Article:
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During Watergate, there was still collegiality in Congress. People were better educated about civics and how their government was meant to work. They understood its success centered on compromise. The rule of law mattered. We had the filibuster. We had the draft, meaning more people had actual skin in the game. Citizens understood the importance of the separation of church and state. They also had a much better grasp on history, meaning they could still appreciate the importance of international alliances and were much more clear-eyed about the hostile foreign actors. Diplomacy mattered.
The early 20th Century, which is the time during which the adults of the Watergate era were born and raised, was a time in which people began to value public institutions and also working cooperatively in the public interest. The first half of the 20th Century was a time in which 'people power' reached new heights, and the idea of shared sacrifice and doing things in the public interest mattered more. This is probably because a generation of people lived through the Great Depression and World War Two - challenges which affected nearly everyone in the country in some way or another. The adults during the Watergate era lived through WPA, TVA, and wartime rations. Big government wasn't the enemy; it was something that could work for people if we had the right people running it.

Furthermore, the early 20th Century was an era in which we began to believe in the power of science. Despite the objections of fundamentalists, most people gradually began to embrace scientific discovery as something that benefited humankind. We developed new vaccines. We cleaned up drinking water. We had improved sanitation in public places. And as a result, we lived longer and healthier lives. We didn't claim any of the diseases they cured to be fakes or hoaxes.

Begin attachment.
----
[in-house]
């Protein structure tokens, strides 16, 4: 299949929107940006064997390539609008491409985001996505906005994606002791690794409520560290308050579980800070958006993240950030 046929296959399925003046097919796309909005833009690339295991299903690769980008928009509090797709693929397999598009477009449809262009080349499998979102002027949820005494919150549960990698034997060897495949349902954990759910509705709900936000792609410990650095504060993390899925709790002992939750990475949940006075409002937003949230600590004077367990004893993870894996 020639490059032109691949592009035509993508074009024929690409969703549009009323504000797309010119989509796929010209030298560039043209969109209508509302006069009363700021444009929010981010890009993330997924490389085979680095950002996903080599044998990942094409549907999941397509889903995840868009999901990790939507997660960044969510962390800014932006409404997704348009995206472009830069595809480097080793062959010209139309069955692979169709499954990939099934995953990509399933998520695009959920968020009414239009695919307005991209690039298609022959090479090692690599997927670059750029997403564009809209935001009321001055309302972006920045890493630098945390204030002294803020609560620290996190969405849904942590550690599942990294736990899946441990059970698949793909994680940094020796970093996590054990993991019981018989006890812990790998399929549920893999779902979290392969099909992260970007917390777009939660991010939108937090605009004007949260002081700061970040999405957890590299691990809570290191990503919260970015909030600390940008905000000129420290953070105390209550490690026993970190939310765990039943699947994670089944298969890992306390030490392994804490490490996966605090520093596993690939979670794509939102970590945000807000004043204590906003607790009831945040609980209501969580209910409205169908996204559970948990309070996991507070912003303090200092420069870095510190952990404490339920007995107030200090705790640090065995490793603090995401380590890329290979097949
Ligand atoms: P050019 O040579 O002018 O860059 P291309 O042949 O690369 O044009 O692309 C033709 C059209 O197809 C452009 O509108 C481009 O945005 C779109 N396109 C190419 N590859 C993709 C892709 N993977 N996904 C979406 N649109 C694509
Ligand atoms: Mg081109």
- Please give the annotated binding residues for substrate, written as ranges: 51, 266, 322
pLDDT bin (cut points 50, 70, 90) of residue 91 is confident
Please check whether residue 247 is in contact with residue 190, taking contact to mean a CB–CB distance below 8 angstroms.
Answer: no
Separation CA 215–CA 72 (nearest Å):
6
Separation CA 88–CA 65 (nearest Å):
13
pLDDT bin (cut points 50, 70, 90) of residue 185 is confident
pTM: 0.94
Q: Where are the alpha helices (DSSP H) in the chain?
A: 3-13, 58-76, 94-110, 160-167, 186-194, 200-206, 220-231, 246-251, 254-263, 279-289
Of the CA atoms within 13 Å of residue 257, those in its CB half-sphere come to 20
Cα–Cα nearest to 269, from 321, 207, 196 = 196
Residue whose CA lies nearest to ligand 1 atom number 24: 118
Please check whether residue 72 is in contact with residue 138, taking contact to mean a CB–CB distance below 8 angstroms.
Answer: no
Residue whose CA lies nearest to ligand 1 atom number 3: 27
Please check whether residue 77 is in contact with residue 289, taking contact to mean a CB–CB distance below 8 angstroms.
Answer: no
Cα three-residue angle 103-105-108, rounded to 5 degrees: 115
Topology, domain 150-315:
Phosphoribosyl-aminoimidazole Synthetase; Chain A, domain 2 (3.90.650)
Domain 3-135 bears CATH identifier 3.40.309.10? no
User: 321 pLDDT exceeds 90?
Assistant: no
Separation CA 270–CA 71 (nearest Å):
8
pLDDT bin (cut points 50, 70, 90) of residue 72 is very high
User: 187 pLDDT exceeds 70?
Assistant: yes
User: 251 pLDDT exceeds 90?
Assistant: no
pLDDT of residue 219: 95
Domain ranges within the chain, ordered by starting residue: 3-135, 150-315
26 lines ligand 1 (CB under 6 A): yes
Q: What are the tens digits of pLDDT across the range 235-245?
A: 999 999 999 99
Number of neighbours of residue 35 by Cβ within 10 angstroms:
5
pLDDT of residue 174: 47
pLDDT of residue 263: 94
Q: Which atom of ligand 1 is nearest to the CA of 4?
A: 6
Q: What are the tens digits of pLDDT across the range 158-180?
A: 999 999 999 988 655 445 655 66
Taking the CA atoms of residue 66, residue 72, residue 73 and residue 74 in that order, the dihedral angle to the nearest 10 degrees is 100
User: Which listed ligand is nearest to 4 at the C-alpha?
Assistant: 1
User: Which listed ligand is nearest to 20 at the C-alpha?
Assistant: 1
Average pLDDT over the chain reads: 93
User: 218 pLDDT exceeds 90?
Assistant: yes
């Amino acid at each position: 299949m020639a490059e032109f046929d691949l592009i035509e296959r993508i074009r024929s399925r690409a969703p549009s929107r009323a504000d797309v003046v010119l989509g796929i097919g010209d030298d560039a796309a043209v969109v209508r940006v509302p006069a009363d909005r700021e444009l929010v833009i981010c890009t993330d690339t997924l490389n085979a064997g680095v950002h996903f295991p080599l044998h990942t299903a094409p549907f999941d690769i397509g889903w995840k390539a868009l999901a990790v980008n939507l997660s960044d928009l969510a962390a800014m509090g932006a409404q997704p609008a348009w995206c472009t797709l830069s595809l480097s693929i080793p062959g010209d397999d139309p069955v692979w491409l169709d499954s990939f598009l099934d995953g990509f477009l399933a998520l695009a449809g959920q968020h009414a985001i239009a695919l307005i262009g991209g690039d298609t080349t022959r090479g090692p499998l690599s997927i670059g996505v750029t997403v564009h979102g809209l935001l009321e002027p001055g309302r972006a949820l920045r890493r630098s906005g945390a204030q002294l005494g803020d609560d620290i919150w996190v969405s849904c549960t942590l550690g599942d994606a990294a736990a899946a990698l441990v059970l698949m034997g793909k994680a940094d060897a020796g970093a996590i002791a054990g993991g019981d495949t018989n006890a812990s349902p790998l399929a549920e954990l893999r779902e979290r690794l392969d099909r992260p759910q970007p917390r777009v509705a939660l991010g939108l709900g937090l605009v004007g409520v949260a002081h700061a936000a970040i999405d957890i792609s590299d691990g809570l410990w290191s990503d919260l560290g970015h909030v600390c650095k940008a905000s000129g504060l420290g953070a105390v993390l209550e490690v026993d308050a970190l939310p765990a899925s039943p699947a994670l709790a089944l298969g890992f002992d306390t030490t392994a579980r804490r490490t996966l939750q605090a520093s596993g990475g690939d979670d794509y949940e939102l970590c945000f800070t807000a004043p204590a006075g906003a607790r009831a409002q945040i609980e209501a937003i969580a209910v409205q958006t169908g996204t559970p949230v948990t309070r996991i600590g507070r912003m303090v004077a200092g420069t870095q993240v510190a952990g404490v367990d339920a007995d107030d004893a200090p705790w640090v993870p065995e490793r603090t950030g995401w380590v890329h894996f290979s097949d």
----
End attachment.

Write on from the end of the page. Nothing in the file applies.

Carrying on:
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Understand the projection at work today that had no role during Watergate: When Trump screams, “Rigged!” it’s because he is rigging. When Republicans holler, “Voter fraud!” it’s because they are actively tampering with the vote.
This, precisely.

It is republicans who are actively attempting to undermine the public's trust in government because they are the ones who stand to benefit. That's what explains why they don't give a shit about the federal deficit or the national debt now -- because they never did, and they only do when a progressive comes to office and wants to use the power of the presidency to raise taxes on the rich to pay for things that benefit the rest of us. That's why - and I say this in complete seriousness - Republicans want to throw the budget so far out of alignment that they will force everyone to make a choice between funding the military or funding government assistance - or default. And if progressives for the military, then they'll probably claim that we're denying soldiers and veterans their pay and call for a military takeover of the United States. We are living with fascists. Don't like that term? Okay, then we're living with oligarchal authoritarians who won't stop destroying this country because they don't really believe in a United States of America unless they control it. It's up to the general public to understand what's happening here and stop them before it's too late.